Mountain Lying Down

Our first view of the Grand Canyon was from the South Rim near the El Tovar hotel.  I had the immediate and strange sensation that it wasn’t real, simply a very convincing three dimensional image.  It’s something everyone should see for themselves.  Words cannot describe the vastness, the colors, the light. Driving east along the South… Continue reading Mountain Lying Down

Treat Yo’ Self: Sedona Edition

The Sedona area was breathtakingly beautiful, starting with the scenic, foggy, rainy-day drive down Highway 89A from Flagstaff.  The old part of town is very pedestrian friendly with tons of shops and restaurants, so… we decided it was treat yo’ self day.  For Wayne, a new hat (Stetson, no less); for Pam, a pair of silver… Continue reading Treat Yo’ Self: Sedona Edition

Sometimes It Snows in April

The Williams Ranger District of the Kaibab National Forest has splendid dispersed camping opportunities.  Some of the roads are ROUGH, but there’s something for everyone and every type of vehicle.  Again, Missy was the happiest pup ever, running free and smelling all the smells.  We climbed the little mountain, we played in the snow, we… Continue reading Sometimes It Snows in April

Petroglyphs, Petrified Wood, and Painted Desert

A one-night stopover in a seemingly unremarkable location, Lyman Lake State Park, yielded big surprises. Archaeologists date the bottom panel to the Basketmaker period (AD 300 to 700), and it’s one of the earliest panels in the park.  The zigzag elements supposedly represent water serpents, to whom the Hopi people would pray for water when there… Continue reading Petroglyphs, Petrified Wood, and Painted Desert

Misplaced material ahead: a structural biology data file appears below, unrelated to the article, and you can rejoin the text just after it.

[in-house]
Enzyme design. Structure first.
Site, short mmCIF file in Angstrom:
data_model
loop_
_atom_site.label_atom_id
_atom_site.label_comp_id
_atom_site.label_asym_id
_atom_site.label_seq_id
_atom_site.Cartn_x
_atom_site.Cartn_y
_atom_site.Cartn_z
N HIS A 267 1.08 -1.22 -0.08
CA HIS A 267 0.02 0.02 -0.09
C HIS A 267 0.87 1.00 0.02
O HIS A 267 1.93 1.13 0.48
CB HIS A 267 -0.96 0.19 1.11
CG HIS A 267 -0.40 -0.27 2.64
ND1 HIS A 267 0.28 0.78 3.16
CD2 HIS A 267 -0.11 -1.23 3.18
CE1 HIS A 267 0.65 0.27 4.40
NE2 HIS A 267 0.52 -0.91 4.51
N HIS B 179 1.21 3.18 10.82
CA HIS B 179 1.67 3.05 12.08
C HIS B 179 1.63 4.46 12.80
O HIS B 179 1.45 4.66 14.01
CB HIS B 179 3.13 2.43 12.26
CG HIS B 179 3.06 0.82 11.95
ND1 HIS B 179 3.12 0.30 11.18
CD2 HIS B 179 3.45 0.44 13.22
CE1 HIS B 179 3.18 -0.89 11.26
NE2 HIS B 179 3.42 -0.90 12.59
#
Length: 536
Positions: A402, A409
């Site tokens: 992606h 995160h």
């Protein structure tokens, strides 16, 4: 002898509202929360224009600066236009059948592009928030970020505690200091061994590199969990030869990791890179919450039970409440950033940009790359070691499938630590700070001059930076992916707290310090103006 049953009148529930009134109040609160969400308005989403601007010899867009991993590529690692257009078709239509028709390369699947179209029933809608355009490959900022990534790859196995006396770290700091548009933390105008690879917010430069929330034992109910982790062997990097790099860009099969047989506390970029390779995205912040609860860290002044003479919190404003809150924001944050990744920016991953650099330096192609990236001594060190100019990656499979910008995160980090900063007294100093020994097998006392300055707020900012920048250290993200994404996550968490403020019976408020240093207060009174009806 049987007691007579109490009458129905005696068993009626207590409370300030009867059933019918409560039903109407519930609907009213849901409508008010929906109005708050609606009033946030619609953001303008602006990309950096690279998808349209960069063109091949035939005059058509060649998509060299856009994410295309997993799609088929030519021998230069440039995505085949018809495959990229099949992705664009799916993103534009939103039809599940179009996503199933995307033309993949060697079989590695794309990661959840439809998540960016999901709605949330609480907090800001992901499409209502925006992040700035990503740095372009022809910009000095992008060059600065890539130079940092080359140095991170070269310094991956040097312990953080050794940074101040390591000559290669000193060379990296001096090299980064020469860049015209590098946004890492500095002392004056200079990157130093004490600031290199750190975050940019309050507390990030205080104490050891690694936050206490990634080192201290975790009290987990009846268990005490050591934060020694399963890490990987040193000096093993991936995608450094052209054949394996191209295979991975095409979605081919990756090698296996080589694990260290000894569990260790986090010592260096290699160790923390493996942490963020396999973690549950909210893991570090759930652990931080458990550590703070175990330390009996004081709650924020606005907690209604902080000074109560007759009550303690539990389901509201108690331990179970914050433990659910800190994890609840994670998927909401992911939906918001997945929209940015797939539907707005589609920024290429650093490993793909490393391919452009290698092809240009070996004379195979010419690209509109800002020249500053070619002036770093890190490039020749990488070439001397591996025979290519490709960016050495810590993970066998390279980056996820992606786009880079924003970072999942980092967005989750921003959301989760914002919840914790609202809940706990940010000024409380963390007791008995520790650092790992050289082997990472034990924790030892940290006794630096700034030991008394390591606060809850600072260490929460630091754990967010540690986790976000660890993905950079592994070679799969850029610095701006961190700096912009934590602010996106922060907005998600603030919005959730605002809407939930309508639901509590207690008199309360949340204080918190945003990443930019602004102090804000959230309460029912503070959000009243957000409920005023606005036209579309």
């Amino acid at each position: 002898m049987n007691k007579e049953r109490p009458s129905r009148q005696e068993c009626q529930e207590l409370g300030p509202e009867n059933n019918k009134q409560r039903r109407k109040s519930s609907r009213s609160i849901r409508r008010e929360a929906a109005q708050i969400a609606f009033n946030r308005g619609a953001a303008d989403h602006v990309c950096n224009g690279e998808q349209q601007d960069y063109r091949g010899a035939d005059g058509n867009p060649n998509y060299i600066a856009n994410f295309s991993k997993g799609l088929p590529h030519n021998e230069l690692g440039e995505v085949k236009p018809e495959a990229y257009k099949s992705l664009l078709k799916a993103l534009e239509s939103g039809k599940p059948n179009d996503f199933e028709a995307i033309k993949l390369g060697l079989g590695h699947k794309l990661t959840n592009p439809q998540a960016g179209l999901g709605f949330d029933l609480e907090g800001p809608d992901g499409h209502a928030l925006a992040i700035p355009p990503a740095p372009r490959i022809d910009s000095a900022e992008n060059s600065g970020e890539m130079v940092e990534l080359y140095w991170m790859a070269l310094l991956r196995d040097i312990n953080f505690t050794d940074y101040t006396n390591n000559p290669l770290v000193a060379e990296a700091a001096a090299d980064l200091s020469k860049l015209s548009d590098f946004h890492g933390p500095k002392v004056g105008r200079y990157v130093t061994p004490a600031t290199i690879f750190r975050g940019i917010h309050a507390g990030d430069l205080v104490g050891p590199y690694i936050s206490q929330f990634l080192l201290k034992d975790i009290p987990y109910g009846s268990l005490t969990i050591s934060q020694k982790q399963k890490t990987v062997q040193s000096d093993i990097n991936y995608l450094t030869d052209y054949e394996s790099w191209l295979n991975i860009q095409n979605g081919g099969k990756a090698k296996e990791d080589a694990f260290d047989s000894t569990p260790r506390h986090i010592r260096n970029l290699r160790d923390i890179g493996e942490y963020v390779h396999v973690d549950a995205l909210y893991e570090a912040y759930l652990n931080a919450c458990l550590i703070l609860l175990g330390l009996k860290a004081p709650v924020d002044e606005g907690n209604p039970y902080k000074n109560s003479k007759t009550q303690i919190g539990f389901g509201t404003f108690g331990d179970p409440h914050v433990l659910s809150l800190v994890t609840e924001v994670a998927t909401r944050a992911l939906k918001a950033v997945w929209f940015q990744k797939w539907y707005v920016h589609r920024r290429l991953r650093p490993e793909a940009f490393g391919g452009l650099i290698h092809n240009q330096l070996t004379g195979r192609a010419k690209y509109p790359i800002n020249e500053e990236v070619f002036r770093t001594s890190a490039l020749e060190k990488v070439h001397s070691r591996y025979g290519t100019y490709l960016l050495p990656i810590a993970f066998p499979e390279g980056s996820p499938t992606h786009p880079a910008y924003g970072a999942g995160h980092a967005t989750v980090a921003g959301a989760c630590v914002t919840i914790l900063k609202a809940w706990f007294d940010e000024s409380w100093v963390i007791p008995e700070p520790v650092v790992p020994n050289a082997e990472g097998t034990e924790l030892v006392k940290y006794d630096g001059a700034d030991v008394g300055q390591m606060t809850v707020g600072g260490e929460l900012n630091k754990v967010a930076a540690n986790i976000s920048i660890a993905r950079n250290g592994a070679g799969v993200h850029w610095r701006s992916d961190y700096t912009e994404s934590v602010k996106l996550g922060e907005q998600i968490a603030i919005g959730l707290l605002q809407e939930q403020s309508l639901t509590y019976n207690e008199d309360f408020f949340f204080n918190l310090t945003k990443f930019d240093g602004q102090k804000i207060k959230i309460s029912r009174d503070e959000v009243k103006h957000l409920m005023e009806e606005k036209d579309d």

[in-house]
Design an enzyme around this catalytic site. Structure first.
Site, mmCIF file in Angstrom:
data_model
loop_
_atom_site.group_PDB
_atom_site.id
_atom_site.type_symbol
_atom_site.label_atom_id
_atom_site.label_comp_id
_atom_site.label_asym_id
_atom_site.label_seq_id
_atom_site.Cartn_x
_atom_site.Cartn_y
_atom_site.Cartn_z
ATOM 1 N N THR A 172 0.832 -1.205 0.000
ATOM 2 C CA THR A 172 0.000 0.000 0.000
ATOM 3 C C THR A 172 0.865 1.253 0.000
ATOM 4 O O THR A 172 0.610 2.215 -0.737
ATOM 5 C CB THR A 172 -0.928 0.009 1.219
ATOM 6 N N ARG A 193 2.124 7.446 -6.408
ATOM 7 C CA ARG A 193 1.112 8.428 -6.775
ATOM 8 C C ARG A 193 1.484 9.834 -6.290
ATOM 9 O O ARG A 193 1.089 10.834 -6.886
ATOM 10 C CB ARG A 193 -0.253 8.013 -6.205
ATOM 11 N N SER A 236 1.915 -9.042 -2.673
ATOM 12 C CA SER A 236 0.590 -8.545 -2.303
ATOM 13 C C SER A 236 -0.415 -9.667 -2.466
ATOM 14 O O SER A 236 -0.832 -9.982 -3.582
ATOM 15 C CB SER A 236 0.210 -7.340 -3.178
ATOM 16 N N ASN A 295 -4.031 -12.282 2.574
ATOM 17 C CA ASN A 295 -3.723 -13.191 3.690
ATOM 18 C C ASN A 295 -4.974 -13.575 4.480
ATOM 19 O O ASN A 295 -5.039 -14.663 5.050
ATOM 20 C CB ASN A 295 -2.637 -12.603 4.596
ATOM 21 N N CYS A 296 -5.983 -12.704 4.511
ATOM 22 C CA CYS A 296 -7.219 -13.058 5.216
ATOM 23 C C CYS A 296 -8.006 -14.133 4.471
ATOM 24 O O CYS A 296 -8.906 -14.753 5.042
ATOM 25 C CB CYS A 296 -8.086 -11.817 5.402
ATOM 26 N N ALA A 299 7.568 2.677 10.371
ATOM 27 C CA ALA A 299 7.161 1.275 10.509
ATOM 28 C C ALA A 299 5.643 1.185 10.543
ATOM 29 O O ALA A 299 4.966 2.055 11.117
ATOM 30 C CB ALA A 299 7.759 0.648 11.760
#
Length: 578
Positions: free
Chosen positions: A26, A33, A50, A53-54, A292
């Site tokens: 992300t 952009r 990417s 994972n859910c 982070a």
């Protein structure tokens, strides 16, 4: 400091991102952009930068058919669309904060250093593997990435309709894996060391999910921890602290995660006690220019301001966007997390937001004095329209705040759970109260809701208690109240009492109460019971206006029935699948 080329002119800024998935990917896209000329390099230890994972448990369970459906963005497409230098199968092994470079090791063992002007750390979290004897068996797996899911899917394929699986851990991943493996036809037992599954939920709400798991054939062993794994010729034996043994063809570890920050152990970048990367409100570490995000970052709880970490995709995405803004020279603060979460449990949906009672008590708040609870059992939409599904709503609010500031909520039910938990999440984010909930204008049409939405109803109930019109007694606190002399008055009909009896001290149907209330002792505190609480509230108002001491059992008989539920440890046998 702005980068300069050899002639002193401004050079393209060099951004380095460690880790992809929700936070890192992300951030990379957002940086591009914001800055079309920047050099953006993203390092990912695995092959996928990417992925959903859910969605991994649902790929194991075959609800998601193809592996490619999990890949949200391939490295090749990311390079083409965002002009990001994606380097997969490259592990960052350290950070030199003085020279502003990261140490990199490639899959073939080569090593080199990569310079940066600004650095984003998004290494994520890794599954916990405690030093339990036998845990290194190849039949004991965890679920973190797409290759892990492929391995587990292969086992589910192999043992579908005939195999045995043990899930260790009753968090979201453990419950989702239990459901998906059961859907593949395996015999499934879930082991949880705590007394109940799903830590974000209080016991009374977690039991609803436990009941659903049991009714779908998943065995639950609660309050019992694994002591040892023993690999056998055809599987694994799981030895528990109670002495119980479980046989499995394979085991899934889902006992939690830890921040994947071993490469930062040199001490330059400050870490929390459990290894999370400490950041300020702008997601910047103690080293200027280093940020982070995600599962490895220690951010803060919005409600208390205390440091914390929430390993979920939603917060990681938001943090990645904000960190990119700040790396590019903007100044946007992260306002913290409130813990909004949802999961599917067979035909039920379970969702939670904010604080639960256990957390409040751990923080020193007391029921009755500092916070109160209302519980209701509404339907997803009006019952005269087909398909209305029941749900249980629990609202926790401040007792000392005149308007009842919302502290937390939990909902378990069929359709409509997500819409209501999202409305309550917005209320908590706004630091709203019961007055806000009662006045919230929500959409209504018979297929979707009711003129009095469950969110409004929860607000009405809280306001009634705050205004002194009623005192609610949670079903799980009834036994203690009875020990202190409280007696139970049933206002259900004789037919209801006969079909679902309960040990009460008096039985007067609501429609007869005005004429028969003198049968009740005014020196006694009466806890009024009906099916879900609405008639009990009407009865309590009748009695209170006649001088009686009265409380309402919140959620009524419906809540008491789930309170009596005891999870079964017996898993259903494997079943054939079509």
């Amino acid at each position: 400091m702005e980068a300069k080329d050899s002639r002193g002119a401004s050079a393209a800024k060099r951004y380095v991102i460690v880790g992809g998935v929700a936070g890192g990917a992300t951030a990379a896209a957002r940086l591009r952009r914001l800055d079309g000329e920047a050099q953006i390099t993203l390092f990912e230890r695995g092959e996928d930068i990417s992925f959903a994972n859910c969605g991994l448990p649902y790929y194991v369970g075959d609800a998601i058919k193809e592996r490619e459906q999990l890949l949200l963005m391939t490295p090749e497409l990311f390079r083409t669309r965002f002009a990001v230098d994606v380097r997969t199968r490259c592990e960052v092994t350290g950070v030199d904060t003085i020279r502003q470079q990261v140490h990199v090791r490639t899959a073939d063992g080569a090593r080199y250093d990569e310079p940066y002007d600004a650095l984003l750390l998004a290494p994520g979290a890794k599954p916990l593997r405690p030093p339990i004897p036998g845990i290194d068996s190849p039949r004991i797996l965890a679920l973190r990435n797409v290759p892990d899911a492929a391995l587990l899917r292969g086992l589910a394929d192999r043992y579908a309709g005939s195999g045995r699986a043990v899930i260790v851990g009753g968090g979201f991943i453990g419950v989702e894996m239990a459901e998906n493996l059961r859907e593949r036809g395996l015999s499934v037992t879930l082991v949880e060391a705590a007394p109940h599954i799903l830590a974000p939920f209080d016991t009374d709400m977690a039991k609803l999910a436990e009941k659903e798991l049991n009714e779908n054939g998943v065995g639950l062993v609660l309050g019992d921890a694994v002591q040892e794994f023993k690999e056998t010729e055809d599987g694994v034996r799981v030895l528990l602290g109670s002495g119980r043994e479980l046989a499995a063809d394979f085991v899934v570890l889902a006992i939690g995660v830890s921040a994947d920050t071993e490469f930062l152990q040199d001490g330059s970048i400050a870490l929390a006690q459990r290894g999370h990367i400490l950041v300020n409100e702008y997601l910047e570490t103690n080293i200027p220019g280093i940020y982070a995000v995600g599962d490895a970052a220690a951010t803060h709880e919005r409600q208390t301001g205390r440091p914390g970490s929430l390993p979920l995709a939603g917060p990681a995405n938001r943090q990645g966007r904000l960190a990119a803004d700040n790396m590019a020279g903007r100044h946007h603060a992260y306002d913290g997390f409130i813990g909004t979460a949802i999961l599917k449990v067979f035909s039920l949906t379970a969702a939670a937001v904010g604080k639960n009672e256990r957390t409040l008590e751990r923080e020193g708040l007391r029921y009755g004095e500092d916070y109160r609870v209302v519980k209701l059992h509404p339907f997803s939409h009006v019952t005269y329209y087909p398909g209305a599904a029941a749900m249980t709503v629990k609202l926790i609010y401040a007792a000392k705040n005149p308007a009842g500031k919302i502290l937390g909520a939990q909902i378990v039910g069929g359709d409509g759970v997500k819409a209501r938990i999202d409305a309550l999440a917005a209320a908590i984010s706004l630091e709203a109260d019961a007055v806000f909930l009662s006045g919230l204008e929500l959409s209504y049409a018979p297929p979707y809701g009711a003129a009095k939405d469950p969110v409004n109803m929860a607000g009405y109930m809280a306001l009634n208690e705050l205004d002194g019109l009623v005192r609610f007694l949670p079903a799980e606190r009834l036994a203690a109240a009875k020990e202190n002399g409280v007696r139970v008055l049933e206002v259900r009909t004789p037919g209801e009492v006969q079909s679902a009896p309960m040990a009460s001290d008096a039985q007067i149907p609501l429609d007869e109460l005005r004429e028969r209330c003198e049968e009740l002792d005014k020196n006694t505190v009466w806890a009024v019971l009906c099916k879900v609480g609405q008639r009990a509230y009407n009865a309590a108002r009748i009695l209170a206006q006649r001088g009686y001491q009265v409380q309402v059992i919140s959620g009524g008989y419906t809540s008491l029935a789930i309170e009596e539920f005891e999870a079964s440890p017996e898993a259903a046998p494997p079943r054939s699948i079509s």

The Gila

Let’s get this straight right up front. There are no gila monsters in the Gila National Forest. Now we can all relax. After we drove around in a bunch of white sand, we headed west to Silver City, New Mexico. One thing we have found to be immensely helpful is to find the nearest ranger… Continue reading The Gila

Wild Camping

Real life, out in the wilderness camping. Some people call it “wild camping” or “boondocking.” The official US Forest Service term is “dispersed camping.” But it all means the same thing: camping no more than 300 feet from the side of the road in a National Forest or on BLM land. We headed to the… Continue reading Wild Camping